Uncover Clumber's history
Clumber was the country estate of the Dukes of Newcastle and, although the mansion was demolished in 1938, the chapel, pleasure ground, lake and walled garden remain as clues to its grand past.
Total steps: 9
Total steps: 9
National Trust car park, grid ref: SK625745
On leaving the car park follow the signs for the shop and restaurant.
Head through the yew hedge to the mansion site, where flagstones mark its outline.
Follow a path to the chapel, bearing right at the junction immediately after.
On your left is a mock temple, built in 1784 for the 2nd Duke of Newcastle. Note the contrast between this temple and one on the opposite bank of the lake; one is Roman in style, the other Greek Doric.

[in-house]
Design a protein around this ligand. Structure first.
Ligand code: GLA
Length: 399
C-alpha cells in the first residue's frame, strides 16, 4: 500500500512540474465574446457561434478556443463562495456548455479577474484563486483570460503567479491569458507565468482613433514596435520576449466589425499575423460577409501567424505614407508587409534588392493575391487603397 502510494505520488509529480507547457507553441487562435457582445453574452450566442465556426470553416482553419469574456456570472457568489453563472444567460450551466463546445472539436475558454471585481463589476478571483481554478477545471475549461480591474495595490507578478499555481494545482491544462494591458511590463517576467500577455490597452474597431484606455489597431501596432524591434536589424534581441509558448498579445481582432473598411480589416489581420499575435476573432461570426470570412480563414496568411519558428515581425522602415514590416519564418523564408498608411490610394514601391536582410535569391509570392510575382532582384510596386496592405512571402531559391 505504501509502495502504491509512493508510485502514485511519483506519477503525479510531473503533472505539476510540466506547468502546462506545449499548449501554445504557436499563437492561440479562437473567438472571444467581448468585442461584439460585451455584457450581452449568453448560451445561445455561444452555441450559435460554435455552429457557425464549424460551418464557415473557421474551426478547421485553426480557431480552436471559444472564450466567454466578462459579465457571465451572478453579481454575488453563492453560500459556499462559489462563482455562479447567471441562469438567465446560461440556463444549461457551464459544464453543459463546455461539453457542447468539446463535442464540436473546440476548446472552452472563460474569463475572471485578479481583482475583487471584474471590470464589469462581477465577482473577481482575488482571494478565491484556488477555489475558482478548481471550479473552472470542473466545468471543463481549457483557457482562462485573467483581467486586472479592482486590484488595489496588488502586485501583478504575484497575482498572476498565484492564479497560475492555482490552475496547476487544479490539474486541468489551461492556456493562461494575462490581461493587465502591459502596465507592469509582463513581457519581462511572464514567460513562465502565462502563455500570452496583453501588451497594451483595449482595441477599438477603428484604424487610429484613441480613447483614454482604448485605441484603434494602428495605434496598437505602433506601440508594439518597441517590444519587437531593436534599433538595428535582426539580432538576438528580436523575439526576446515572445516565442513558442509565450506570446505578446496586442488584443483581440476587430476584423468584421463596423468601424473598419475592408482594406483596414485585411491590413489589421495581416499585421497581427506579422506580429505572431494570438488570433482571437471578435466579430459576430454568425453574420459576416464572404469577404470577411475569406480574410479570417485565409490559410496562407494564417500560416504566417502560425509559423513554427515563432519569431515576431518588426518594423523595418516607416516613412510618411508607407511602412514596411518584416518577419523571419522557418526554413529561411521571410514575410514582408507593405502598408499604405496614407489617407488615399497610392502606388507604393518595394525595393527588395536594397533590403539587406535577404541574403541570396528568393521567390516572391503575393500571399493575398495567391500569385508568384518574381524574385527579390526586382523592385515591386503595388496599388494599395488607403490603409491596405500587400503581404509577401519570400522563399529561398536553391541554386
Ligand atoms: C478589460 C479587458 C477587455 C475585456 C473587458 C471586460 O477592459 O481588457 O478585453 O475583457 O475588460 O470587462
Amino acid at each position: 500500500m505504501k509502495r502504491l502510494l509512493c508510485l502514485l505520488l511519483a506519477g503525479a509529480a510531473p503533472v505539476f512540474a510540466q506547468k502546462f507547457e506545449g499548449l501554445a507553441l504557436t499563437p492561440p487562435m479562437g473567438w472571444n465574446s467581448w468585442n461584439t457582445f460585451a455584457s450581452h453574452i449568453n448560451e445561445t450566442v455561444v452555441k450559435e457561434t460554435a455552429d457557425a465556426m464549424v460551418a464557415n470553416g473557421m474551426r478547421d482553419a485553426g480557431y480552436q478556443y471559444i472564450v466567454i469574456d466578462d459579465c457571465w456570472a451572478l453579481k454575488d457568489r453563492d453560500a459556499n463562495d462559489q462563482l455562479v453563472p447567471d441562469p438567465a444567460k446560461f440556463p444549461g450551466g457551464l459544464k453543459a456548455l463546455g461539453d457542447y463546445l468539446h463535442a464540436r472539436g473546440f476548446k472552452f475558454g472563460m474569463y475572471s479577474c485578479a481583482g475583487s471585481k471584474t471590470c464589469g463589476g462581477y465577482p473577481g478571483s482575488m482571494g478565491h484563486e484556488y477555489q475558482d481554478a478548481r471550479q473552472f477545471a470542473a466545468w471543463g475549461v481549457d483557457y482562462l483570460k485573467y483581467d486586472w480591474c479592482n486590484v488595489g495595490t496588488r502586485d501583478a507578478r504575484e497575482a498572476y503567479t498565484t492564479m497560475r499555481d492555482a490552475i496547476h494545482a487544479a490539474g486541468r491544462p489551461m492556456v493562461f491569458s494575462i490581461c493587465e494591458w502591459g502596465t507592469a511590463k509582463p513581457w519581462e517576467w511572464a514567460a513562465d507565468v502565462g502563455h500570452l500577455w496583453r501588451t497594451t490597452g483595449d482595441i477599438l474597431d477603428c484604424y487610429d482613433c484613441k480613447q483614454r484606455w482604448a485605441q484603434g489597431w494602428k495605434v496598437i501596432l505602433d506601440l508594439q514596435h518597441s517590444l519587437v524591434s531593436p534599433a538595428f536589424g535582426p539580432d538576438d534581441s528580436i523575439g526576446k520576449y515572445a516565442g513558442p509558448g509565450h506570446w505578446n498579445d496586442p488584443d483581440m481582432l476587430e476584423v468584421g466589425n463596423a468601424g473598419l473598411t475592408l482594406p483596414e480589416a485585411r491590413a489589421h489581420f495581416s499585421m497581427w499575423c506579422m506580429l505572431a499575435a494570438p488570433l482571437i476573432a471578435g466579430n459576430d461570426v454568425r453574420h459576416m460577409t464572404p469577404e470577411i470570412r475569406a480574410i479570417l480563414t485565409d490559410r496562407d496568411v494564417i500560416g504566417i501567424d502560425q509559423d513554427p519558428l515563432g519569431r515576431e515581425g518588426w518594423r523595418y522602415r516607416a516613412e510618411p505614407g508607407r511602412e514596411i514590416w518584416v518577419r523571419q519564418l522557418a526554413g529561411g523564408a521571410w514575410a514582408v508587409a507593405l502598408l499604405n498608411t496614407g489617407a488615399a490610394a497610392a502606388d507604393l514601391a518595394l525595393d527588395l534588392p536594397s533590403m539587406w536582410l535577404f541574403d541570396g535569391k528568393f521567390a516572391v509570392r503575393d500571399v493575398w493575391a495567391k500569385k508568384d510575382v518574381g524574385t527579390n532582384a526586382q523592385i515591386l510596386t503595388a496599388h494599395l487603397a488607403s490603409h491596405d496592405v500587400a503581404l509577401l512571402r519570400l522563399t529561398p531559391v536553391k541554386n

Follow the central path through the pleasure ground.
Leave through the stone gateway at the end of the path. Head towards Ash Tree Hill Wood, peculiarly named as there isn't a single Ash tree in it. On your left and right is Cow Pasture Field, where Bronze Age flints were found. These show that people used this land long before the Dukes.
Continue through the woodland. When you reach the crossroads, turn left, following the red shale track.
After the buildings turn left at the junction. Continue along the roadway and through Leaping Bar Wood, passing Central Bark on your left.
Once through the gates ahead, bear right back past the chapel to the main visitor facilities.
Main visitor facilities
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